12/06/2017   |   Đăng bởi Hoa Tùng

A player's gross score when adjusted (reduced) according to the rules of Equitable Stroke Control and / or any special local conditions (when approved by a sanctioning body).

Okay. That was a mouthful. What does it mean?

There are three scores that a player can talk about for a given round of golf:
• Gross
• Adjusted Gross
• Net

Gross is simply the player's raw total of strokes for the round, including any penalty strokes. So if Rachel stroked the ball 90 times over eighteen holes and she had two penalty strokes, her gross score would be 92.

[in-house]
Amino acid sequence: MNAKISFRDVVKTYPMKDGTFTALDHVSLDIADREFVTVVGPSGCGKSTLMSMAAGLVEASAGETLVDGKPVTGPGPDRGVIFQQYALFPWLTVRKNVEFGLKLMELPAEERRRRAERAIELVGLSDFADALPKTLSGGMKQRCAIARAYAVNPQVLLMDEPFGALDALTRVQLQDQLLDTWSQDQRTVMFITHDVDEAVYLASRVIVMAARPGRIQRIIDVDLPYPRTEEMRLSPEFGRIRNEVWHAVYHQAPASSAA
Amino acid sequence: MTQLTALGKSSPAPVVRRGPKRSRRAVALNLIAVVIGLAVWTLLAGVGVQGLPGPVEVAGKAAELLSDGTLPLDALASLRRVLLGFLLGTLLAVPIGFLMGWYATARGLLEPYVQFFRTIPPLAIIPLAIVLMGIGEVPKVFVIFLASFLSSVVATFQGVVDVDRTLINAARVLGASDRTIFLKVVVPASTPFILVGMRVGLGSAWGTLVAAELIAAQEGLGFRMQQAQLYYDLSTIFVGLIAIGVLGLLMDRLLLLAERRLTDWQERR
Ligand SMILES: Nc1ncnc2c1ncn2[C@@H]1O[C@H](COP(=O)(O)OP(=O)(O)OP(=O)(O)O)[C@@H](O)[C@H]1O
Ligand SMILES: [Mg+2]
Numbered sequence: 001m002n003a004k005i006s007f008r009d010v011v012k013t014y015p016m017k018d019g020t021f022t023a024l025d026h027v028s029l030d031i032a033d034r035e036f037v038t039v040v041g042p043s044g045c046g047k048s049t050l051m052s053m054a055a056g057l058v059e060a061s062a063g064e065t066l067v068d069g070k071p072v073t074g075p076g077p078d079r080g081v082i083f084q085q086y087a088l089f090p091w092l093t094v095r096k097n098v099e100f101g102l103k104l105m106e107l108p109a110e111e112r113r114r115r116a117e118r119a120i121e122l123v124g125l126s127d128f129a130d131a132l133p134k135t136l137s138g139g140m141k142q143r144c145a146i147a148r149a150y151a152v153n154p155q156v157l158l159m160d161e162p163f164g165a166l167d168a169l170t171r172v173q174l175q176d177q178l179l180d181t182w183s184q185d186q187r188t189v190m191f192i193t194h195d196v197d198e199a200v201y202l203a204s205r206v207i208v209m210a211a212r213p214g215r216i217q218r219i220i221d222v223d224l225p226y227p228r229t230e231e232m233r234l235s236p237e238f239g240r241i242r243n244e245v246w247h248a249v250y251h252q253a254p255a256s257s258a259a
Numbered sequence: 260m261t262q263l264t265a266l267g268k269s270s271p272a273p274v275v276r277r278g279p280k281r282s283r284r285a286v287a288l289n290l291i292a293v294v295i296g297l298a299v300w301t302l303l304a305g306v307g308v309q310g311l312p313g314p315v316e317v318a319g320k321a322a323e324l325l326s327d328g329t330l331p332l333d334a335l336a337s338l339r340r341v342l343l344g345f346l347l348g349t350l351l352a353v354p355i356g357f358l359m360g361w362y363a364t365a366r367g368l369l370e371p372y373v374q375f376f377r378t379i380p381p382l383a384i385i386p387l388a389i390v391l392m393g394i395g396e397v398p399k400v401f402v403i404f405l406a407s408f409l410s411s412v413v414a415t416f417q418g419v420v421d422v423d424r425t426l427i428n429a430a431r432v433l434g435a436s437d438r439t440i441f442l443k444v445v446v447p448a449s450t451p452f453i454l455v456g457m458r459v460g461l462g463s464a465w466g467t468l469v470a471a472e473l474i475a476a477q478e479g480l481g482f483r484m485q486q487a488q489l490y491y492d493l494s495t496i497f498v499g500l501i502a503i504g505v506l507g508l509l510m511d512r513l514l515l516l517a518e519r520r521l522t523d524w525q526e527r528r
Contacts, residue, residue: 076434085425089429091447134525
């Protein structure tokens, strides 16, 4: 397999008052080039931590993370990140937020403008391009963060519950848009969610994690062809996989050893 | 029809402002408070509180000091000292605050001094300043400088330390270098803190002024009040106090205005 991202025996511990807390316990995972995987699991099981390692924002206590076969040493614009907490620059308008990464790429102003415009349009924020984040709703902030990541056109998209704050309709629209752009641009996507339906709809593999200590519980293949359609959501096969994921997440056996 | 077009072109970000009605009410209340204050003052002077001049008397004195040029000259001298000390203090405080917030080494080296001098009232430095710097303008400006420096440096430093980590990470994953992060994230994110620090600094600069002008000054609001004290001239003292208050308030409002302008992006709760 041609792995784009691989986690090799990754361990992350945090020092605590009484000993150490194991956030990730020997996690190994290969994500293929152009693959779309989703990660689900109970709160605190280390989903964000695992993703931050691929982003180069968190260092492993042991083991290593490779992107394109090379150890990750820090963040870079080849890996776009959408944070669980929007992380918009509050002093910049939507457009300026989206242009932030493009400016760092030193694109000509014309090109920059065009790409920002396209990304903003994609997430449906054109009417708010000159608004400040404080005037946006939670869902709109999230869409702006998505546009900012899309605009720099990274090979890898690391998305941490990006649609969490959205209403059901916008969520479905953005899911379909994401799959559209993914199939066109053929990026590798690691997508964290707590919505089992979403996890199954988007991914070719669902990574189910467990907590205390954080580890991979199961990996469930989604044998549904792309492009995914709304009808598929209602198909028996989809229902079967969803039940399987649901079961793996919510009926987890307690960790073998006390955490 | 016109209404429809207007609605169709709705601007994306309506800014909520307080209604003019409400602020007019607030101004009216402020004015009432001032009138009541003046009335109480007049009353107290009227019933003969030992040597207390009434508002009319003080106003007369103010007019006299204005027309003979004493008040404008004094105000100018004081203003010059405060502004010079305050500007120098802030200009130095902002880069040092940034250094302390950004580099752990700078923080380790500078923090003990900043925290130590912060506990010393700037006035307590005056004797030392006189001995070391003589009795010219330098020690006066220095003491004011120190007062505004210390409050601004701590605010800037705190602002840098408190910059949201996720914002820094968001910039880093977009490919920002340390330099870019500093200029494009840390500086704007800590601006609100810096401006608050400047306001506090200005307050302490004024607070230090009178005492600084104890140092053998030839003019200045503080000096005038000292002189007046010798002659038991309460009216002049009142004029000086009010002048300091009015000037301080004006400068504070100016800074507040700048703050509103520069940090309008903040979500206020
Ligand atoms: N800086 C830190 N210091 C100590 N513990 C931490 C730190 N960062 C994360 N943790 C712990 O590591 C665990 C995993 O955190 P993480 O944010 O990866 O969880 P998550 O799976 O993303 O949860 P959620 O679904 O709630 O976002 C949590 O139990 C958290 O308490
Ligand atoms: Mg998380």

To see how she fared against her competition, she would then deduct the number of handicap strokes she is entitled to for the difficulty of the tees that she played. Say that she is entitled to 14 strokes that day.

Rachel would subtract fourteen from ninety-two to arrive at 78, which is called her Net Score.

She will compare her Net Score against the Net Score of her opponents to determine who won this competition (assuming it was stroke play).

So what is "Adjusted Gross"?

It is Rachel's Gross Score adjusted by a process known as Equitable Stroke Control. This is done before calculating her new handicap.

It is important to understand that "Adjusted Gross" has meaning only when calculating Rachel's updated handicap. Adjusted Gross is never used to determine who won a given competition.

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